Tag Archives: Resurrection

“Christ is Risen!” 2018 Easter Sermon 04.01.2018

Easter 2018 * John 20:1-18 * April 1, 2018Easter 2018 * John 20:1-18 * April 1, 2018

Brothers and sisters in Christ, grace and peace to you from God our Father and our Lord and Savior Jesus the RISEN Christ. Amen.

So this year, Easter falls on April’s Fools Day. The last time this happened was in 1956 and there will only be two more occurrences of Easter falling on April Fool’s Day this century. In case you didn’t know this, the actual date for Easter changes each year. It’s not a set date like Christmas. If you were paying attention as we received the gospel readings over the past four days of Holy Week worship, you’ll note that scripture doesn’t tell us that Maundy Thursday or any of the other days have a specific calendar date – only a specific day of the week. After all, God’s time is not the same thing as human time. It may surprise some, but God, in fact, does not have an Apple Watch.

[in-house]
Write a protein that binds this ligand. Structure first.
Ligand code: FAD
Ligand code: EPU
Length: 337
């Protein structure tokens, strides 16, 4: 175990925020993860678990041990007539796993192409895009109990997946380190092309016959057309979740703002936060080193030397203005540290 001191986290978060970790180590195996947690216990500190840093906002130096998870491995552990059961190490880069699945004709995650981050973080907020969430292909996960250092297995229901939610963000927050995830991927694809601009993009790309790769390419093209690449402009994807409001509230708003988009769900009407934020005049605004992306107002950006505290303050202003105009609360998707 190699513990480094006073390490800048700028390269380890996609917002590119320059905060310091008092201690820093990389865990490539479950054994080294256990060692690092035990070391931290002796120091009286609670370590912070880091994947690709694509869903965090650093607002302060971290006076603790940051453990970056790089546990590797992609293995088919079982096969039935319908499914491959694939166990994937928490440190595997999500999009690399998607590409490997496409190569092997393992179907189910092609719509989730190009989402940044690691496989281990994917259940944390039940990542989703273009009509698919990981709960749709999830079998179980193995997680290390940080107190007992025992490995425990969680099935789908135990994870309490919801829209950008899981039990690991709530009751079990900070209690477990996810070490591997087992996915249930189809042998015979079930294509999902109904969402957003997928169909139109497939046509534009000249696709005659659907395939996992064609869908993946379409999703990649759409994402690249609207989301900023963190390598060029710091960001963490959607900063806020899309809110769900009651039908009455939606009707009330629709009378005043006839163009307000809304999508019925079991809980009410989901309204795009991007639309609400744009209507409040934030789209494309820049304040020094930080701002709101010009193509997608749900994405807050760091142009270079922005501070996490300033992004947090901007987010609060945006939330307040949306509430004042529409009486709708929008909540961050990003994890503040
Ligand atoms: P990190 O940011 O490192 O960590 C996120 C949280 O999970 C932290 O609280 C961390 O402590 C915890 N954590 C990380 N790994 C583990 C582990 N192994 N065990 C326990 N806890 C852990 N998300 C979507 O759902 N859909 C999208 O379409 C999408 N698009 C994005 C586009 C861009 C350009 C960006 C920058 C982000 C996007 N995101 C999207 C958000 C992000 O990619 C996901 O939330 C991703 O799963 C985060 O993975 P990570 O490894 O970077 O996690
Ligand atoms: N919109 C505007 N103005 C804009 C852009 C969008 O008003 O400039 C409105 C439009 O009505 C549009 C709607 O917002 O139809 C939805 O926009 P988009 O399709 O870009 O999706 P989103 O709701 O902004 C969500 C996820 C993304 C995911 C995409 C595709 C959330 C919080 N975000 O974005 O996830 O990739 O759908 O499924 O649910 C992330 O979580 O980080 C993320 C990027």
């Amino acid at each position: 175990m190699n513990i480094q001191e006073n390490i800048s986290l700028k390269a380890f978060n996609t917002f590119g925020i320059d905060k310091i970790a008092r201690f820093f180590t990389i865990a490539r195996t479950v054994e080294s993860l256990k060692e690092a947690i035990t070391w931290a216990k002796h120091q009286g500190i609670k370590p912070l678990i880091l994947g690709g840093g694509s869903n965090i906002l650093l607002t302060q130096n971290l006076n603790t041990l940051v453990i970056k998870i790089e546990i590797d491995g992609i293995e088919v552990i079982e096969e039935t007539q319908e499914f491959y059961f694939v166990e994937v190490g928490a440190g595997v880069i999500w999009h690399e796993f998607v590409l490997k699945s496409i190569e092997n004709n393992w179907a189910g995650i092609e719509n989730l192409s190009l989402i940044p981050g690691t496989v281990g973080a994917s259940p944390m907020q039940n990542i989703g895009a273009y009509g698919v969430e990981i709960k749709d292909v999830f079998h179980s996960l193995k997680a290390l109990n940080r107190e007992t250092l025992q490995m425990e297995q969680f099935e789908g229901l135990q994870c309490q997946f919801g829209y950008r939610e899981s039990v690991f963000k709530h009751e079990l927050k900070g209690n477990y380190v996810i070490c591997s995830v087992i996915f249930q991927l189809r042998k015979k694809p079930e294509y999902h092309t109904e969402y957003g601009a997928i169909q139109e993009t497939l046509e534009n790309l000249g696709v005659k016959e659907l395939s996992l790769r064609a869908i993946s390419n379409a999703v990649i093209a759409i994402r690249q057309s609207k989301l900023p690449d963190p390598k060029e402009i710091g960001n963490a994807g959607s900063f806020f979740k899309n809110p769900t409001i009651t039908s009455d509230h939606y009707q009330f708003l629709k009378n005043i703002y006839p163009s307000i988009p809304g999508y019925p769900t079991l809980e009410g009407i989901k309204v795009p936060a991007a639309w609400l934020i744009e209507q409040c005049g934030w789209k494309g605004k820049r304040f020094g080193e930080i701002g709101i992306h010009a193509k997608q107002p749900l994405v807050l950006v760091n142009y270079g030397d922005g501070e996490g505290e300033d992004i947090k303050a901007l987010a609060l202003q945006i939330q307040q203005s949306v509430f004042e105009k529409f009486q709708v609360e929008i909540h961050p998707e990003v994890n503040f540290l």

I’ve never explored this too far but…the date for Easter is determined as the first Sunday, after the first full moon, on or before the Spring equinox.

OK – before I keep chasing after that squirrel, let’s move on.

Since the very earliest days of the Christian movement, there’s been a very significant, and somewhat foolish I might add, greeting used to signify Easter and the resurrection. Someone will say “Christ is risen!” And someone else will say “He is risen indeed!”

Let’s try it.
Awesome! You guys are great.

BUT – wait a minute. Weren’t you listening? Why are we shouting for joy?

In our gospel reading on this Easter Day, Peter and the other disciple whom Jesus loved have been to the empty tomb, don’t seem to understand what is going on so they decide to head for home in order to continue their Xbox video game tournament. Or something like that.

And Mary, one of Jesus’ closest friends and someone whom I believe we should see as one of the first disciples, is weeping.

So why are you and I, followers of Jesus nearly 2,000 years later, shouting for joy?